Global taxi survey reveals world's favourite ride

London's iconic black cab has been voted the world's favourite taxi. — AFP pic
London's iconic black cab has been voted the world's favourite taxi. — AFP pic

LONDON, Nov 6 — The iconic London black cab has been voted the world’s favourite taxi for the sixth year in a row, for everything from cleanliness, knowledge of the city and quality of driving.

London taxis beat out the equally iconic yellow cabs in New York in’s global taxi survey, taking 22 per cent of the vote.

British taxi drivers swept five of the seven categories, taking the top spot for cleanliness, quality of driving, friendliness, safety and knowledge of the city.

In order to become licensed as a cab driver in London, drivers must pass a training course that’s been described as the most demanding in the world, as they must know 320 routes within 10km radius of Charing Cross.

For the more than 2,680 respondents across 30 countries, safety is the most important element when climbing into a cab, followed by value, knowledge of the area, availability and quality of driving.

While the most common activity performed in a cab is to send texts or emails, the survey also managed to find that Brits are the most likely to cop a feel and a snog during the drive, with 14 per cent admitting to randy backseat behavior -- 10 per cent above the global average.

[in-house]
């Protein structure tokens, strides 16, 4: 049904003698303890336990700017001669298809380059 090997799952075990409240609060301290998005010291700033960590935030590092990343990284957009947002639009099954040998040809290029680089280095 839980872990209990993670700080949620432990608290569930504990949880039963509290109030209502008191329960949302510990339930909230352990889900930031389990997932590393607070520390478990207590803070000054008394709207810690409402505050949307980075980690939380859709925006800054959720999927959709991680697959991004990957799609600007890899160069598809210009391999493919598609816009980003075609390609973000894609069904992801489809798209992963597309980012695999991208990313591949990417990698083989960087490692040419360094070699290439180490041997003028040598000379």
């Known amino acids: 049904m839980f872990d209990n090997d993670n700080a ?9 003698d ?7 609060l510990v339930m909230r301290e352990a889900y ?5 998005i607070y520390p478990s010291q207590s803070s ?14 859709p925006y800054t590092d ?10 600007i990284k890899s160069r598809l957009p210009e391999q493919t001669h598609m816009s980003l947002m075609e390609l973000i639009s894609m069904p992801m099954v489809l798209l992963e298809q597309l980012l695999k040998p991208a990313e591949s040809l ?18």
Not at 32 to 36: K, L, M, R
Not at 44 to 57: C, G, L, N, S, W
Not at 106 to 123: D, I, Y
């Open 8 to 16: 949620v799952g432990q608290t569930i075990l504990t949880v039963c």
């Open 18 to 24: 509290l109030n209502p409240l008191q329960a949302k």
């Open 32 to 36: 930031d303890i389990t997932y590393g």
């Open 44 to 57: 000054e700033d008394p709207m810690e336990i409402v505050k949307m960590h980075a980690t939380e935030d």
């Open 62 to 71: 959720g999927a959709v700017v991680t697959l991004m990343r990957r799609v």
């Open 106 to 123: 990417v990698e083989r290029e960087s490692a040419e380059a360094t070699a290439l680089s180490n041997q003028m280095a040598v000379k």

And like with hotels, the most important feature for taxi riders is wifi access, which beat out the radio and music.

Meanwhile, cities around the world are increasingly tapping into the vast street knowledge of their cabbies, training drivers to pull double duty and play tour guide.

Dubai is the latest city to train its fleet of drivers, teaching them about key landmarks, hotels, events and attractions in the city. Tokyo, London and Edinburgh also have put similar programs in place.

Here’s the ranking for the world’s best taxis:

1. London, 22 per cent of votes
2. New York, 10 per cent
3. Tokyo, 9 per cent
4. Berlin, 5 per cent
5. Amsterdam, Madrid and Mexico City, 4 per cent. — AFP-Relaxnews

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